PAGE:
Because he so embodied the Republican beliefs of that era, Robert earned the unimaginative but quite accurate nickname 'Mr Republican'. In 1944, he became Chairman of the Senate Republican Conference, and was re-elected as a senator that year. Eventually serving in the Senate for about 13 years, he took advantage of the seniority system of deciding committee chairmanships, and chaired both the Joint Committee on the Economic Report and the Committee on Labor and Public Welfare. Every senator had their own interests, and Robert's were labour and the economy.
Following World War II, Robert initially supported the United Nations, but changed his position to become more isolationist. He voted against the North Atlantic Treaty Organisation and was against the Truman administration's policy in Korea.
I Wanna Be President!
Robert Taft attempted to gain the Republican nomination for President three times but never won it. The first time was in 1940, only about a year after he was elected to the Senate. Though he had already become a significant figure in the party, it could be argued that he did not yet have the experience necessary to be a Presidential nominee. The nomination went to Wendell Wilkie (a former Democrat), who lost the election to Franklin Roosevelt.
Robert did not seek the nomination in 1944, but did look for it in 1948 against Harry Truman. Truman, who had taken office as President after Franklin Roosevelt died in his fourth term, had terrible approval ratings (literally some of the worst of all time) and had suffered a political catastrophe in his healthcare plan. It would have seemed that the Republican nominee would have been able to easily defeat Truman. However, Robert allowed Thomas Dewey to take the nomination, and in a close race, Truman defeated Dewey.
In 1952, America was growing more conservative and the Republicans were still the conservative party. 'Mr Republican' would have been a logical choice for the Presidency and the first Republican administration in two decades. In fact, Robert had grown more influential and connected within the party. His connections with insiders made him the favourite for the nomination at one point.
Unfortunately for Robert, Dwight D Eisenhower decided that he wanted the Republican nomination. In the world of American politics, it would be difficult to come out on top of the Supreme Allied Commander of D-Day. In the Republican National Convention, Robert came very close to winning the nomination, but in the end Eisenhower prevailed, largely due to recognition of his name and service.
For about six months after Eisenhower defeated Democrat Adlai Stevenson to become President, Robert served as a close advisor and friend to him. He was also given the powerful position of Majority Leader of the US Senate. As it turned out, however, less than a year after the election Robert Taft died of cancer. Had he been elected President, he probably would have died about six months into his first term. Robert died in New York City on 31 July, 1953. He was placed in the Capitol Rotunda for a time of mourning and then buried back in Ohio.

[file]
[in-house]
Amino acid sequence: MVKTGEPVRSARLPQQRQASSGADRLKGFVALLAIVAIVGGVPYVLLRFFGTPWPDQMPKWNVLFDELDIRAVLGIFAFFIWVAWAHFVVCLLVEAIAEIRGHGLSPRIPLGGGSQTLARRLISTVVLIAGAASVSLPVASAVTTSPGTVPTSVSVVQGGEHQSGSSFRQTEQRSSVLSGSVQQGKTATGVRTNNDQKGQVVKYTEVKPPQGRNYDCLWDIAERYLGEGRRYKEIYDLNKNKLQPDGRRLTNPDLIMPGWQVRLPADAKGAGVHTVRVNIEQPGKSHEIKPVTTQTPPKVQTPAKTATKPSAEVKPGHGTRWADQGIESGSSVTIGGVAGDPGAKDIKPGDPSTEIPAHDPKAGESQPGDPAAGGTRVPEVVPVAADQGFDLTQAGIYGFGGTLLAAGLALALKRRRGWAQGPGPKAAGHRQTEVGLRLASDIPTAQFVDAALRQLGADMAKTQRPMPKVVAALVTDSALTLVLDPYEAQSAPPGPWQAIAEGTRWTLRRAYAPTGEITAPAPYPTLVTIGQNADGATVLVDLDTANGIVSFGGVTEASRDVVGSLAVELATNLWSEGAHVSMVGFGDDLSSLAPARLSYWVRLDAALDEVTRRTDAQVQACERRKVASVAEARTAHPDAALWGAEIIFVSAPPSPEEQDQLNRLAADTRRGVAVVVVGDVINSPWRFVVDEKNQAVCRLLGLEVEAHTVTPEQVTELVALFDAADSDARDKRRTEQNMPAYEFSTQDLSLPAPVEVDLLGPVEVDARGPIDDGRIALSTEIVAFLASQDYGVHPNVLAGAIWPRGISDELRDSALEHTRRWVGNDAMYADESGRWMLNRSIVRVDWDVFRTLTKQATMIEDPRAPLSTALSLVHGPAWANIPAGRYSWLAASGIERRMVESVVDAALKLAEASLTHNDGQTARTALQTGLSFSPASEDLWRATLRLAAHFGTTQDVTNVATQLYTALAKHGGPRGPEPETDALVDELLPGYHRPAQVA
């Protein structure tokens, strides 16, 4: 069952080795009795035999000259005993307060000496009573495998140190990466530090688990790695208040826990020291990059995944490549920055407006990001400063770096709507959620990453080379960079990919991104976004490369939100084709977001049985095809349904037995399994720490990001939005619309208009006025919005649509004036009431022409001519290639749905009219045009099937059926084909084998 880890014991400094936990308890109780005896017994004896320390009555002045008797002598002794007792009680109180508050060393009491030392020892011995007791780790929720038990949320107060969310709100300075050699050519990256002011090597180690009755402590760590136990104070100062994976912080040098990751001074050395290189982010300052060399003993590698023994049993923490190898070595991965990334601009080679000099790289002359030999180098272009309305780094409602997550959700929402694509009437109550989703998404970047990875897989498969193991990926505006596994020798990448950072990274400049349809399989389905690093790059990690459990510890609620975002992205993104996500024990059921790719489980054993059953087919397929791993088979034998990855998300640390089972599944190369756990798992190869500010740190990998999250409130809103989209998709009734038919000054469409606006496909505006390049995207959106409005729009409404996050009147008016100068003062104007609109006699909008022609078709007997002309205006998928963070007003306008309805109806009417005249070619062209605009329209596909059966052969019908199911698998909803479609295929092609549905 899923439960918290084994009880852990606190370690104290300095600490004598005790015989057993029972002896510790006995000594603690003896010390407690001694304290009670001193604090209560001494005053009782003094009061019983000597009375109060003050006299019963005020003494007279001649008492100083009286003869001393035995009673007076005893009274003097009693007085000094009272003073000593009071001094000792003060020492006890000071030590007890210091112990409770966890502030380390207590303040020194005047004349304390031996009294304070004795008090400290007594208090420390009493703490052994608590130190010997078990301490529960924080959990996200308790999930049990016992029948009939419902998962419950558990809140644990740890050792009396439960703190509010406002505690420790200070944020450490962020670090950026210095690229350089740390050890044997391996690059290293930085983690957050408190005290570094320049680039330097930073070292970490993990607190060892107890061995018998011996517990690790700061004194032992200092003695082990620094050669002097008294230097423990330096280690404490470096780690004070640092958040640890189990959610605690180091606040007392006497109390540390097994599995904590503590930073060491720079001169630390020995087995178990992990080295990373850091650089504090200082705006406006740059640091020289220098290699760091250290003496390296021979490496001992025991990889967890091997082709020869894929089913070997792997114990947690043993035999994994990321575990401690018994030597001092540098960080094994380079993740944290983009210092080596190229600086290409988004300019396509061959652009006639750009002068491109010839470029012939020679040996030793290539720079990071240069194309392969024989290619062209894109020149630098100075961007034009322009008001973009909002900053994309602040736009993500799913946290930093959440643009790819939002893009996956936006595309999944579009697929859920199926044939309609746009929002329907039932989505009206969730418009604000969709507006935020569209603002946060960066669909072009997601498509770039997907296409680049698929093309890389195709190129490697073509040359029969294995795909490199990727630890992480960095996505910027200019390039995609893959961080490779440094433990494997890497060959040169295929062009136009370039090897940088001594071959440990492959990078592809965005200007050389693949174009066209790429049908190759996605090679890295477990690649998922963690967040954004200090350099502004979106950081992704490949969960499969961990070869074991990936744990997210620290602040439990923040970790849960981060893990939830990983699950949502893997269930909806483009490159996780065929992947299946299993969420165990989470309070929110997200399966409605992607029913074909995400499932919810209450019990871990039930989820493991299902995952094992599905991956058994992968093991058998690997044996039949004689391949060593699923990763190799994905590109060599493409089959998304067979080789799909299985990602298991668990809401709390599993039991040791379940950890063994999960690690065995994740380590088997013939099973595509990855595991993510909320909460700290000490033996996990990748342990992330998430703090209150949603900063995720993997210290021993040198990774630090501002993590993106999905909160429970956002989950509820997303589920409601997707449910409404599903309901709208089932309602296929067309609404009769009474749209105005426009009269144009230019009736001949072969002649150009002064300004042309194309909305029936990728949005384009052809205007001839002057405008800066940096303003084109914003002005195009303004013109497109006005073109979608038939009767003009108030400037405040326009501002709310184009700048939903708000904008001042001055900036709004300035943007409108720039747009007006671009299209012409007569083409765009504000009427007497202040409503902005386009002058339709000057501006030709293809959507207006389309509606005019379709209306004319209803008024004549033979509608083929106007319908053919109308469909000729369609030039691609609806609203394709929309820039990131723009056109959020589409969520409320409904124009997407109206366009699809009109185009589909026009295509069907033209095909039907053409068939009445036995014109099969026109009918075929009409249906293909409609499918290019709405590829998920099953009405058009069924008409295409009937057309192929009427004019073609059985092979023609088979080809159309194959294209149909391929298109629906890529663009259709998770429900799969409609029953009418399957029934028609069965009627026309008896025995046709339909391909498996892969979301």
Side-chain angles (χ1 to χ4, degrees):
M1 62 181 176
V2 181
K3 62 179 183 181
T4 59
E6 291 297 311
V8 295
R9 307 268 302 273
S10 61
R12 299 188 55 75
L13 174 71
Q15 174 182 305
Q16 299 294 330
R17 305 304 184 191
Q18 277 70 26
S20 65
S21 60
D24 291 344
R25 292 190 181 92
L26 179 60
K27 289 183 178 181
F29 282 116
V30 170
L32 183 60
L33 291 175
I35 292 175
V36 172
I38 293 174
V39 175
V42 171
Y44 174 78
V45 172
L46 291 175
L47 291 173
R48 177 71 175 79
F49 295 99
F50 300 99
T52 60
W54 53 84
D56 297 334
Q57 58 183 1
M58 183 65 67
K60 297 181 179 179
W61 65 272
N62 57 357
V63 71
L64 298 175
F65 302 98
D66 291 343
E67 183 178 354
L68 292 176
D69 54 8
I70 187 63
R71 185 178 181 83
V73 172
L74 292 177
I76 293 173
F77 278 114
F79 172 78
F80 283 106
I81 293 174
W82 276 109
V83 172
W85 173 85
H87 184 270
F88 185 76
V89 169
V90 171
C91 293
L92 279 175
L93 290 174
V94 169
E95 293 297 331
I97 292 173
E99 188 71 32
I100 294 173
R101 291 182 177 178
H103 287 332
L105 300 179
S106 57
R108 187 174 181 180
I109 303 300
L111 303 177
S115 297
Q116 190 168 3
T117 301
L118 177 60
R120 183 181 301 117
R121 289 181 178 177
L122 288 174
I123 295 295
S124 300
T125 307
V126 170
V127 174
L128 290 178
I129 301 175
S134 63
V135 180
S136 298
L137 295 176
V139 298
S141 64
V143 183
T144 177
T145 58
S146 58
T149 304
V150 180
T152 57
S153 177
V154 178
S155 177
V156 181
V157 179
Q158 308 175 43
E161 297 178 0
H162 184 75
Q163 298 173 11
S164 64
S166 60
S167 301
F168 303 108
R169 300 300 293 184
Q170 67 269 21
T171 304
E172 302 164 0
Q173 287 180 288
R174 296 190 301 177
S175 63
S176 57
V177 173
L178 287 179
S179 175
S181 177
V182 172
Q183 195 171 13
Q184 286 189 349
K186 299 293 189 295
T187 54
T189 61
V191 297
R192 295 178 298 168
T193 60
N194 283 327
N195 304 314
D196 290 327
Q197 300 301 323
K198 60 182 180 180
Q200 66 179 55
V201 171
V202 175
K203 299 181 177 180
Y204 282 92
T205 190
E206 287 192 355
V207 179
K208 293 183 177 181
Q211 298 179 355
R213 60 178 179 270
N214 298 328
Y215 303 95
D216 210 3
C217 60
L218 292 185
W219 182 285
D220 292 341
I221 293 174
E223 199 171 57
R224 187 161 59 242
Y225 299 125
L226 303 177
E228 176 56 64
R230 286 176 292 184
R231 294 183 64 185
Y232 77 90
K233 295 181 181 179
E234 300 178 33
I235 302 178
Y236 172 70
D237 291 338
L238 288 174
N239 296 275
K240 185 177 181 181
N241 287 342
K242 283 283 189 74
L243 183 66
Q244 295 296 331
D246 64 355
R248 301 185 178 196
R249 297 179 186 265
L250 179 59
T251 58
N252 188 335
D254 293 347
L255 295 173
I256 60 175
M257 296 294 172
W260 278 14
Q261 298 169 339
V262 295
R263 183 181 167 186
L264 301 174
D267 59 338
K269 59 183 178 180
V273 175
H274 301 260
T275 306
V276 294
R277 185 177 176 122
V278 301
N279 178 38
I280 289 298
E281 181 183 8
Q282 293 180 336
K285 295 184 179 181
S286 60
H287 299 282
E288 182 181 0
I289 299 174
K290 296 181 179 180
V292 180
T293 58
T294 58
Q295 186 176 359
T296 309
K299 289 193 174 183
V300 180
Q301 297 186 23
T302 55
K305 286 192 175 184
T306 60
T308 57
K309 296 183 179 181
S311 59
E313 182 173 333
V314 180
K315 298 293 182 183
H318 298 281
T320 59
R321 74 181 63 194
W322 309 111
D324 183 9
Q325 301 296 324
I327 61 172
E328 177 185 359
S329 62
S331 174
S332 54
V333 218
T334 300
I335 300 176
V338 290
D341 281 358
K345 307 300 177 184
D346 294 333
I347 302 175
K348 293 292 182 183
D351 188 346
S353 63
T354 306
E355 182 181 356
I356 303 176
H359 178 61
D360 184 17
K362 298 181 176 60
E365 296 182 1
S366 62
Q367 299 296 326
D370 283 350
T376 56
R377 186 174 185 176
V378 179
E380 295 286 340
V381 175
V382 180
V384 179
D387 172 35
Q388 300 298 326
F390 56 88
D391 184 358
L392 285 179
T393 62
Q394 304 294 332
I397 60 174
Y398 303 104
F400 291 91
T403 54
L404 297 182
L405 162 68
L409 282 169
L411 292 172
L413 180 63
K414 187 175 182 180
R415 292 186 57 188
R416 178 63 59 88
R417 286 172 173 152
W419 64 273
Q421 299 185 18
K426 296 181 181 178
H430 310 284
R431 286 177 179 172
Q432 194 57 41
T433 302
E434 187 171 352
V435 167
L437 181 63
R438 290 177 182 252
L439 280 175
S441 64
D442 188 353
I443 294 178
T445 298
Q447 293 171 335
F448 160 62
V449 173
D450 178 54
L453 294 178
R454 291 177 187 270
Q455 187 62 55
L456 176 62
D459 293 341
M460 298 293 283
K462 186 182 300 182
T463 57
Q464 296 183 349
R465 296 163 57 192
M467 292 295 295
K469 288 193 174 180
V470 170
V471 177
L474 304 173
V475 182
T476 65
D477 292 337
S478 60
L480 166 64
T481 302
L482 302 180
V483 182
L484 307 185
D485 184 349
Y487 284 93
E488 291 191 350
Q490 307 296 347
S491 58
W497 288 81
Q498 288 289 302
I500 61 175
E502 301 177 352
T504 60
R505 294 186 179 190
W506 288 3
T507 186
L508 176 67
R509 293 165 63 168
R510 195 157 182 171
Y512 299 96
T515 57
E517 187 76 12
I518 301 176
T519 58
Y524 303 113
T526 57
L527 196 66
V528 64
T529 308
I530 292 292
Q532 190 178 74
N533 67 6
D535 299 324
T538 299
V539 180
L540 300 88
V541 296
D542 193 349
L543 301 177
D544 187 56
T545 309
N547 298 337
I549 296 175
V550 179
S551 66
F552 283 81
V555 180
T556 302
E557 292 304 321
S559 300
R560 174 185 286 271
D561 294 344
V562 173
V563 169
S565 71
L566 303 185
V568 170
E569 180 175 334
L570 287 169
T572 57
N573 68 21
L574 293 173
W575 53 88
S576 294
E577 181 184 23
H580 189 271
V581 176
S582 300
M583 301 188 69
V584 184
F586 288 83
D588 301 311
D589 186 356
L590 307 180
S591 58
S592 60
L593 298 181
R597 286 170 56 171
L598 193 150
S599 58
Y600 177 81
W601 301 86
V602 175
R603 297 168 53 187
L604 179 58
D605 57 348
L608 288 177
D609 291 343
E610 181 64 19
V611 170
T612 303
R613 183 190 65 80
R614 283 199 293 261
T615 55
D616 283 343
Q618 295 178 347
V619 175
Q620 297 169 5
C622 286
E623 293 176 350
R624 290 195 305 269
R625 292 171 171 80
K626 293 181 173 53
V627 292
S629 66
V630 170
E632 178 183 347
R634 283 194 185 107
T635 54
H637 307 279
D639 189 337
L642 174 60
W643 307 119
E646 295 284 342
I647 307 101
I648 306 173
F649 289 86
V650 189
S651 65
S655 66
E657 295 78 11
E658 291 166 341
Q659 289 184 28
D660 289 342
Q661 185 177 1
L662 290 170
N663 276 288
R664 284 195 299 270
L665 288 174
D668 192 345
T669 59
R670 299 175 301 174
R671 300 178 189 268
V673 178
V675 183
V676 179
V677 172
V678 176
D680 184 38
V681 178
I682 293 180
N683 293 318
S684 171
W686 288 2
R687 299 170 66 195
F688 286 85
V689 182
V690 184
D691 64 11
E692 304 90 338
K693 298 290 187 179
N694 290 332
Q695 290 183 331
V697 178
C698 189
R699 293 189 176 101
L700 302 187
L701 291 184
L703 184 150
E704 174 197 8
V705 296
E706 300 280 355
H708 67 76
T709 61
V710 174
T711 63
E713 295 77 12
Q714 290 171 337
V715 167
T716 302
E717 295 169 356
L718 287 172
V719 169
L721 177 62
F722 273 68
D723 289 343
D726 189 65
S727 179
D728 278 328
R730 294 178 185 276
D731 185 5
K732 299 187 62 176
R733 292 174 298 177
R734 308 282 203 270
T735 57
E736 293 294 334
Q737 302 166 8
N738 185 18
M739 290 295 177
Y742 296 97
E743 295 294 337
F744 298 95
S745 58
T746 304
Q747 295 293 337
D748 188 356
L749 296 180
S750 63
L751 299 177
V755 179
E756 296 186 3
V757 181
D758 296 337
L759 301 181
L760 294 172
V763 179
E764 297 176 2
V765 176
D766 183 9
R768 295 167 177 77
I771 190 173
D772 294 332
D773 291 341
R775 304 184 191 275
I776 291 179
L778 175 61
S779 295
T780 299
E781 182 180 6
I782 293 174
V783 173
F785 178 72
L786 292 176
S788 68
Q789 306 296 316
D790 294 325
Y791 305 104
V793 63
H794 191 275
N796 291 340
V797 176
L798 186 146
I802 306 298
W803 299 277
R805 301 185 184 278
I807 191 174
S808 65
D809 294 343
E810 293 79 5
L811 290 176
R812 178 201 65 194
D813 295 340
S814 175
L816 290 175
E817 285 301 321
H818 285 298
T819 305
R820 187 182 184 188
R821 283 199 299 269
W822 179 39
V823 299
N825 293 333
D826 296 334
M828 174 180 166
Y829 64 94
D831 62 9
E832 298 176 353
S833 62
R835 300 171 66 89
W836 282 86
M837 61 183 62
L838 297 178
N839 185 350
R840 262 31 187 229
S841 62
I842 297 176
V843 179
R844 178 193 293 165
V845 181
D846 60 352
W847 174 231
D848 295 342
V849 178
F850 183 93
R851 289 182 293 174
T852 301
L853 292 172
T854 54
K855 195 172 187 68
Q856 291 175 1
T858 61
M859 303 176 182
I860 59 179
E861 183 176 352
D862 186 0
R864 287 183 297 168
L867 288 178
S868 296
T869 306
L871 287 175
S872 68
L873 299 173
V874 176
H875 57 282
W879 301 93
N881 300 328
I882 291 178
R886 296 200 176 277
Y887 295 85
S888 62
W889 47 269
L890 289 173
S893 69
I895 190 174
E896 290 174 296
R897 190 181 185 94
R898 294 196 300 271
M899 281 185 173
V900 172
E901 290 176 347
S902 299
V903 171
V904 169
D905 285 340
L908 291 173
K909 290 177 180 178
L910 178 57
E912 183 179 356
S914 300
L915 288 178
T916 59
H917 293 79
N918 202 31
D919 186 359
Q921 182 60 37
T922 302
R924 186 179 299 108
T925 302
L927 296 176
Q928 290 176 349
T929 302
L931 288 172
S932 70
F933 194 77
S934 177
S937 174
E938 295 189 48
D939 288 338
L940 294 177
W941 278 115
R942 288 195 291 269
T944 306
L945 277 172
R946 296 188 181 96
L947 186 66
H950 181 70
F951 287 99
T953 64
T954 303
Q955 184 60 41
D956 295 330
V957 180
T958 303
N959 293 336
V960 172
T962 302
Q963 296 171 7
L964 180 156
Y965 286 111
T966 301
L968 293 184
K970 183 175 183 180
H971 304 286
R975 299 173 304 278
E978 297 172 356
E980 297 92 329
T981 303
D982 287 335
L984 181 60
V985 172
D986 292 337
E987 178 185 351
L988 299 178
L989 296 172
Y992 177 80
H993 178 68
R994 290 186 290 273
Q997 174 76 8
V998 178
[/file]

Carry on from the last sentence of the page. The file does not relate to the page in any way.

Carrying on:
Though liked for his principles and calm determination, as a conservative Robert did not leave much of a mark on the US. He spent most of his time opposing the action of the liberals and the Democrats, but saw changes in the system despite his best efforts. He wrote few bills, and his idea of the future of America is quite different to the America of today. For instance, despite his opposition to NATO and the UN, the US is a member of each of those bodies today.
By identifying himself as the face of the Republicans and of the conservatives, he helped shape the idea of his party being the conservatives and the Democrats the liberals, so pushing his party to the right. He also helped to unify the eastern and midwestern portions of the party.
Eventually Robert's son, Robert Taft Jr, would also take a seat in both houses of the US Congress. Robert's grandson, Robert Taft III, would go on to take a seat in the US House of Representatives in 1977 and become Governor of Ohio in 1999.
That Labour Law
Robert Taft is probably best known for a labour law named the 'Taft-Hartley Act', or more officially 'The Labor-Management Relations Act'. It was co-sponsored by Robert Taft in the Senate and Representative Fred Allan Hartley in the House.
The law was rather broad in scope, and some important features were as follows:
Unions were forbidden from contributing money to political campaigns.
Union leaders had to pledge that they were not members of the Communist Party.
The Attorney General could issue an 80 day injunction to a strike if it was deemed a threat to national security or health.
Employers were exempt from bargaining with unions unless they wanted to.
The act was passed on 23 June, 1947 despite a veto by President Truman, who called the act a 'slave labor bill'. In order to override a veto, both houses of Congress must pass the bill with two-thirds support. However, despite this strong support on Capitol Hill, it was still a very controversial law.
The act was mostly an addition or amendment to other previous acts. However, as of today, it is still mostly intact, as no Congress has repealed it (though there have been some unsuccessful attempts). Some parts were changed with the Landrum-Griffin Act of 1959.